- Booster responses were observed for all serotypes after Dose 4 when comparing the serotype-specific IgG GMCs from one month after Dose 4 to responses both 1 month after Dose 3 and before Dose 4 indicating the induction of immunological memory.2
- 20vPnC elicited functional antibody responses to all 20 serotypes at one month after Dose 3 and one month after Dose 4 as measured by OPA GMTs. Boosting of OPA responses was also observed for all serotypes after Dose 4 consistent with the trend observed with IgG responses.2
About the 20vPnC Clinical Trial Program
“We are encouraged by the Phase 3 adult and Phase 2 pediatric data. The data suggest that 20vPnC would be anticipated to help protect against the serotypes covered by Prevnar 13, and also expand coverage to include seven additional pneumococcal serotypes causing potentially serious and life-threatening disease,” said Kathrin U. Jansen, Ph.D., Senior Vice President and Head of Vaccine Research & Development, Pfizer. “Since the 20 S. pneumoniae serotypes included in 20vPnC are responsible for the majority of global pneumococcal disease cases,3,4,5,6,7,8,9 we are excited by the potential broader coverage this investigational vaccine may offer people.”
Phase 3 Adult Program
Pfizer’s Phase 3 adult clinical program for 20vPnC includes three studies, which, combined, have enrolled more than 6,000 adult subjects, including populations of vaccine-naïve adults and adults with prior pneumococcal vaccination.
Along with the study reported in this news release (NCT03760146), the other two studies include:
- NCT03828617: Phase 3 randomized, double-blind trial, designed to provide additional safety data and evaluate three different lots of 20vPnC in adults 18 through 49 years of age with no history of pneumococcal vaccination. More on the study can be found on www.clinicaltrials.gov under the identifier NCT03828617. Pfizer previously announced positive findings from this study in May 2020.
- NCT03835975: Phase 3 randomized, open-label trial, designed to describe the safety and immune response of 20vPnC in an estimated 875 adults aged 65 years or older with prior pneumococcal vaccination. More on the study can be found on www.clinicaltrials.gov under the identifier NCT03835975.
In addition, a study to assess 20vPnC given with influenza vaccine was initiated in September 2020:
- NCT04526574: Phase 3 randomized, double-blind trial to evaluate the safety and immunogenicity of 20vPnC when co-administered with a seasonal inactivated influenza in adults ≥65 years of age. More on the study can be found on www.clinicaltrials.gov under the identifier NCT04526574.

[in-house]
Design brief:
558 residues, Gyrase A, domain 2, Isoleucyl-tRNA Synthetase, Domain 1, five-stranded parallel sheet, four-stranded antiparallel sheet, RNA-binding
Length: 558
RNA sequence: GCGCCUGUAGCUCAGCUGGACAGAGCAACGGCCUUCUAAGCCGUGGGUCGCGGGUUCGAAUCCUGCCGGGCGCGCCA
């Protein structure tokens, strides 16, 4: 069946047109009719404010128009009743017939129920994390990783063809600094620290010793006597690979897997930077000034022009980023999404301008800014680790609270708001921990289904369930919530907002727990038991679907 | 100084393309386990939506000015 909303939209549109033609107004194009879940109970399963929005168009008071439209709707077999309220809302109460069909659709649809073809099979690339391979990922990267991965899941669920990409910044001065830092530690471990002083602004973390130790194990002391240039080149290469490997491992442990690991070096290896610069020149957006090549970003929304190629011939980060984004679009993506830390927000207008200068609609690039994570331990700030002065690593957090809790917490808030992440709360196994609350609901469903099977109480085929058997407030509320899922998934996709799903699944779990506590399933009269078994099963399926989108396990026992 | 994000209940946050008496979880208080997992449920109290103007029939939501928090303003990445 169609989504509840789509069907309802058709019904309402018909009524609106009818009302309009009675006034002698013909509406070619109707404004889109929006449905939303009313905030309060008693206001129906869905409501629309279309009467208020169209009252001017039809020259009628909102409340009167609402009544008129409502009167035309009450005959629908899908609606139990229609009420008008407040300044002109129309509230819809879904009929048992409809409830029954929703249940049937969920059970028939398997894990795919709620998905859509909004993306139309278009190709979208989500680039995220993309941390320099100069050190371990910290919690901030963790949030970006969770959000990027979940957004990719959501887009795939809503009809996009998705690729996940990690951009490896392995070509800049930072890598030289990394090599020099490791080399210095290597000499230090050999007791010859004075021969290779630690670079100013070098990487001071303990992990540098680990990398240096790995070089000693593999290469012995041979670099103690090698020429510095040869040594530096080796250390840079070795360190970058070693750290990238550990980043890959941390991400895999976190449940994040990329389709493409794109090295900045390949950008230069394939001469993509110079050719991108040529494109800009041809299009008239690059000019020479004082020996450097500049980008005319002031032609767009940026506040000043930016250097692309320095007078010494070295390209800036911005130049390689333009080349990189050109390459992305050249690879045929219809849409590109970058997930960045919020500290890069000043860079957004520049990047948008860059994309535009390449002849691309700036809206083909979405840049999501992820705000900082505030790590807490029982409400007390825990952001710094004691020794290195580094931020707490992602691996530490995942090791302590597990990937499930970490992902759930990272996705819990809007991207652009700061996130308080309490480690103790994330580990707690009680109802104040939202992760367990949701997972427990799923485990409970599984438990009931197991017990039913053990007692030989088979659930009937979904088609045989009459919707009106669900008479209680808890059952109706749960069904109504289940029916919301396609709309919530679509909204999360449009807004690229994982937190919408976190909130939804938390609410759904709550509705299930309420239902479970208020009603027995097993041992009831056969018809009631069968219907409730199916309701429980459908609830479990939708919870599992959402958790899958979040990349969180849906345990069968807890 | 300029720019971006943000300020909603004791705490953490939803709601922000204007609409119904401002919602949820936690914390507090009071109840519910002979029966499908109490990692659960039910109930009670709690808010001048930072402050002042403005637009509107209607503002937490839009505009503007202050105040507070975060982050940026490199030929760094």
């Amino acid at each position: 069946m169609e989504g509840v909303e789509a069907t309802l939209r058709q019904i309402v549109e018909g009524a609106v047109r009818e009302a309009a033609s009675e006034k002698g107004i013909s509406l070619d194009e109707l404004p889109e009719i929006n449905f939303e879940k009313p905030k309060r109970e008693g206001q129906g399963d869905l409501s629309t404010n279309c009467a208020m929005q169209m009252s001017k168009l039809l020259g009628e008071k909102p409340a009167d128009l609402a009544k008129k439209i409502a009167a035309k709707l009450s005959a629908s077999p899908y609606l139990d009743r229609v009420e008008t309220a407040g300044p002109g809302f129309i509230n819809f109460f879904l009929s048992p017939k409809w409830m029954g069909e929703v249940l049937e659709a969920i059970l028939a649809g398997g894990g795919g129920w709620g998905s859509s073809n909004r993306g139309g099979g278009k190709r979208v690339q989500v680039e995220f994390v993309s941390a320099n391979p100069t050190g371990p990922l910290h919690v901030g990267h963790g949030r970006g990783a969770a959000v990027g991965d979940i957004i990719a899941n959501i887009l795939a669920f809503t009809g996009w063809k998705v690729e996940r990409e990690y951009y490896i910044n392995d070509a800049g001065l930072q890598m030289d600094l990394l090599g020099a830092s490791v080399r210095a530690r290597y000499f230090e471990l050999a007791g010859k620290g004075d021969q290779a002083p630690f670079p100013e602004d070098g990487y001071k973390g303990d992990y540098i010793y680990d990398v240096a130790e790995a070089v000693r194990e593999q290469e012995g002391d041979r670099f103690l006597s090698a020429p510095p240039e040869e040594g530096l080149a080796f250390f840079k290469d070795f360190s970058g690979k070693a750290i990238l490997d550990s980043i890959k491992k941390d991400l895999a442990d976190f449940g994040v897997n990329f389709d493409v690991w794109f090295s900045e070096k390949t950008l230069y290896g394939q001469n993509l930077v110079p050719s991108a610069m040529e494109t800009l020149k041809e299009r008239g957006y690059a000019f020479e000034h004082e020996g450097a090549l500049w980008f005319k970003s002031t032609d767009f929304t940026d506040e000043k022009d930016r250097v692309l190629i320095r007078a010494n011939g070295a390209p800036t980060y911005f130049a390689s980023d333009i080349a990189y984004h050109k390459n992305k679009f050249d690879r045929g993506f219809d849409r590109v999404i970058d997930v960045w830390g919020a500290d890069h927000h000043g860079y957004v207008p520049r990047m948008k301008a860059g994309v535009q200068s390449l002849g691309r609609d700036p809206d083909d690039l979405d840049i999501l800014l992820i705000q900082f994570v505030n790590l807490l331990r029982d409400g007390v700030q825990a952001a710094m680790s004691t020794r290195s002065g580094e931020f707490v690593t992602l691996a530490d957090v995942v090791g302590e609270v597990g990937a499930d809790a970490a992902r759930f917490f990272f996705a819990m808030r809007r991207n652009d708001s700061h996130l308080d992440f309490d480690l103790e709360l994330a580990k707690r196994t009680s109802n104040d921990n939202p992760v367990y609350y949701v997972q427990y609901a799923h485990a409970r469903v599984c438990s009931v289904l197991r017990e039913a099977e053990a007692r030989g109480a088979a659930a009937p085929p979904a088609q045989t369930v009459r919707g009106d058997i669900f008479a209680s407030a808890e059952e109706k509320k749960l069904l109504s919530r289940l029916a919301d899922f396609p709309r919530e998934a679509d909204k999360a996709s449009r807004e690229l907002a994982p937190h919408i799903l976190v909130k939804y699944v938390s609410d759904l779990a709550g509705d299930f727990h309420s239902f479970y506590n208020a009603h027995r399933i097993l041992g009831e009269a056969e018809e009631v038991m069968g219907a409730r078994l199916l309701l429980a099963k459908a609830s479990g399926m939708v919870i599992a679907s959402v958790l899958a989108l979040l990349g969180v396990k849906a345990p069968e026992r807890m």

Phase 3 Pediatric Program
In 2020, Pfizer initiated the Phase 3 clinical trial program for the pediatric indication for 20vPnC. Currently, three Phase 3 infant studies have been started; these studies will help expand the data on the safety, tolerability, and immunogenicity of 20vPnC demonstrated in the Phase 2 proof-of-concept study. These studies, collectively, are enrolling approximately 4,700 infants. These include the following:
- NCT04382326: A Phase 3 study that will describe the tolerability and safety, and compare immunogenicity of the 20vPnC to the 13vPnC in infants vaccinated at 2, 4, 6, and 12-15 months of age in the US. More on the study can be found on www.clinicaltrials.govunder the identifier NCT04382326.
- NCT04379713: A Phase 3 study that will describe tolerability and safety of 20vPnC with 13vPnC serving as the control in infants vaccinated at 2, 4, 6, and 12-15 months of age currently recruiting in North America, and Europe. More on the study can be found on www.clinicaltrials.govunder the identifier NCT04379713.
- NCT04546425: A Phase 3 study that will describe tolerability and safety, and compare immunogenicity of 20vPnC to 13vPnC in infants vaccinated at 2, 4, and 11-12 months of age is currently enrolling in Europe. More on the study can be found on www.clinicaltrials.govunder the identifier NCT04546425.
Pfizer’s 20vPnC vaccine candidate includes 13 serotypes already included in Prevnar 13® (pneumococcal 13-valent Conjugate Vaccine [Diphtheria CRM197 Protein]), along with seven new serotypes that are global causes of invasive pneumococcal disease (IPD),10,11,12,13,14 and are associated with high case-fatality rates,15,16,17,18 antibiotic resistance,14,19,20 and/or meningitis.21,22
On September 20, 2018, Pfizer announced the U.S. Food and Drug Administration (FDA) granted Breakthrough Therapy Designation for 20vPnC for the prevention of invasive disease and pneumonia in adults age 18 years or older. On September 15, 2020, Pfizer’s 20vPnC also received the FDA’s Breakthrough Therapy Designation for the prevention of disease caused by S. pneumoniae serotypes in the vaccine in infants, children, and adolescents.
Breakthrough Therapy Designation is designed to expedite the development and review of drugs and vaccines that are intended to treat or prevent serious conditions and preliminary clinical evidence indicates that the drug or vaccine may demonstrate substantial improvement over available therapy on a clinically significant endpoint(s).23 Drugs and vaccines that receive Breakthrough Therapy Designation are eligible for all features of the FDA’s Fast Track designation, which may include more frequent communication with the FDA about the drug’s development plan and eligibility for Accelerated Approval and Priority Review, if relevant criteria are met.24